ANKARA, Turkey -- Turkish officials said Thursday that U.S. Defense Secretary Jim Mattis has written to his Turkish counterpart, reassuring him that arms provided to Syrian Kurdish fighters would be taken back once ISIS militants are ousted from their main stronghold in Syria, the city of Raqqa.
Officials said in a statement that Mattis also reassured Defense Minister Fikri Isik that the United States would regularly provide Turkey with a list of arms provided to the fighters while U.S. military advisers in the field would ensure that the arms don't go outside of the Syria battle zones.
Turkish Defense Ministry spokesperson Ertan Omeroglu confirmed the letter and its context to CBS News on Thursday.
A U.S. decision to launch an offensive to capture Raqqa in partnership with the Kurdish-led Syrian Democratic Forces has complicated relations with Ankara, which views the group's Kurdish fighters as an extension of an insurgent Kurdish terror group operating in Turkey.
Ankara fears arms provided to the Kurdish fighters will end up in the hands of the insurgents in Turkey and has threatened to respond to threats.
The officials said Mattis told Isik in the letter that 80 percent of the force which would capture Raqqa would be made up of Arabs and that an Arab force would hold the city.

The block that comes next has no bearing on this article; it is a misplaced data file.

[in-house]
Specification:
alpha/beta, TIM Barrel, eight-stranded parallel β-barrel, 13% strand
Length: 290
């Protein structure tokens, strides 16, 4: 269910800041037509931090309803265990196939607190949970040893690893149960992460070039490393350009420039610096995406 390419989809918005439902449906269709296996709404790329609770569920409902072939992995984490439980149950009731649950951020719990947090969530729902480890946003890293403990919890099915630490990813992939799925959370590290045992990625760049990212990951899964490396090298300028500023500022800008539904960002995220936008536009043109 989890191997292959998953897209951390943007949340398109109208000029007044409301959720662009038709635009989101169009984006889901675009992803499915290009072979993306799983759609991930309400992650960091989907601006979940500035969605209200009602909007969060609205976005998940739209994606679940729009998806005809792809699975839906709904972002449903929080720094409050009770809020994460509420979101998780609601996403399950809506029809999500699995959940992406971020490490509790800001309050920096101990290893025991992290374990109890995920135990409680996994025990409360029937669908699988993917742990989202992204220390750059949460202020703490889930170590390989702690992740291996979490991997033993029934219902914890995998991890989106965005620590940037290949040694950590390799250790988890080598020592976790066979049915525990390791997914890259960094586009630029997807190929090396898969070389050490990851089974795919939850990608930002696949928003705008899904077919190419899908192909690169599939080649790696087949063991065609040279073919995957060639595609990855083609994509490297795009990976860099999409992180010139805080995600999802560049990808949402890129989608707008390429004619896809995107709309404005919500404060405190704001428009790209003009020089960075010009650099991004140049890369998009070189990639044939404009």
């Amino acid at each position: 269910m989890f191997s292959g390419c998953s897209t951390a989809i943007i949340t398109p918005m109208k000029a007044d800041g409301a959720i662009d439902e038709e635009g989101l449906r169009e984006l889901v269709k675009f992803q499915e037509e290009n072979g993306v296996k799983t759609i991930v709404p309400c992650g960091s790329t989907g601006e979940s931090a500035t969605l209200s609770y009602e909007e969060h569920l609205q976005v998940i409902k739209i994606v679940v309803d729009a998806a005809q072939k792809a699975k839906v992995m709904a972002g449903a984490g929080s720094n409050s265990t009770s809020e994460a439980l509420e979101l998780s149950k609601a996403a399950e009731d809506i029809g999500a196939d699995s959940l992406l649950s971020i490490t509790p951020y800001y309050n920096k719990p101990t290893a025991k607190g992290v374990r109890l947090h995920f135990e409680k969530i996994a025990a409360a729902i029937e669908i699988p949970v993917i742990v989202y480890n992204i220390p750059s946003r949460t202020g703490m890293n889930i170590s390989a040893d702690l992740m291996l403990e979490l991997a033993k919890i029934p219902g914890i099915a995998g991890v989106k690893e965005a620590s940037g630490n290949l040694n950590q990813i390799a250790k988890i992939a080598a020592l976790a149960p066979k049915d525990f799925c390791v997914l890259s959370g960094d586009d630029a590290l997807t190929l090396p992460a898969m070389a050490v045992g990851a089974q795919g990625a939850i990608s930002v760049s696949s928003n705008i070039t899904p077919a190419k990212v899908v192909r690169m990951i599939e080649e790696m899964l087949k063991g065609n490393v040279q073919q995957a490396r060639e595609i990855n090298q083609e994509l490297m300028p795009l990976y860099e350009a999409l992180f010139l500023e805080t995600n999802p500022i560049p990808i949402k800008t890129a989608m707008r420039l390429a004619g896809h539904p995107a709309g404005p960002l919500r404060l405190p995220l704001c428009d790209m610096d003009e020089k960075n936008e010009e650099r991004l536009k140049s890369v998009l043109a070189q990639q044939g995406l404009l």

If confirmed, Mattis' statement on the weapons being taken back once the Raqqa fight is over conflict with recent comments made by officials of the U.S.-led coalition against ISIS.
The coalition's spokesman at the time, Col. John Dorrian, said last month that the weapons supplied to the Kurds would not be reclaimed by the U.S. after the specific missions are completed, but that the U.S. would "carefully monitor" where and how they are used.
There have been several credible reports since the U.S.-led military alliance formed to help combat ISIS in Syria and Iraq of American-supplied weapons falling into the hands of unallied militias, and even ISIS itself in smaller quantities.
In some cases, it has been U.S. weapons supplied to Kurdish forces that ended up with Shiite militiamen who are also battling ISIS, but who have been implicated in the murder and torture of Sunni Muslims in areas reclaimed from ISIS.
Meanwhile, French President Emmanuel Macron has said that France is no longer pushing for the departure of Syrian President Bashar Assad, in a shift in French policy throughout the Syrian war.Macron said he wants to work more closely with Russia for a solution in Syria and says foreign powers were too focused on Assad as a person.
"For a long time we were blocked on the persona of Bashar Assad," Macron said in an interview with eight European newspapers published on Thursday. "Bashar is not our enemy, he is the enemy of the Syrian people."
Macron also said that foreign powers "collectively committed an error" in focusing on a military solution in Syria. "The new outlook I have on this issue is that I haven't stated that Bashar Assad's departure is a necessary condition for everything. Because no one has shown me a legitimate successor," he said.
Macron's predecessors were among the most vocal Assad opponents.
However, Macron warned France would attack Syria if the government uses chemical weapons. French warplanes are already targeting Islamic State extremists in Syria.
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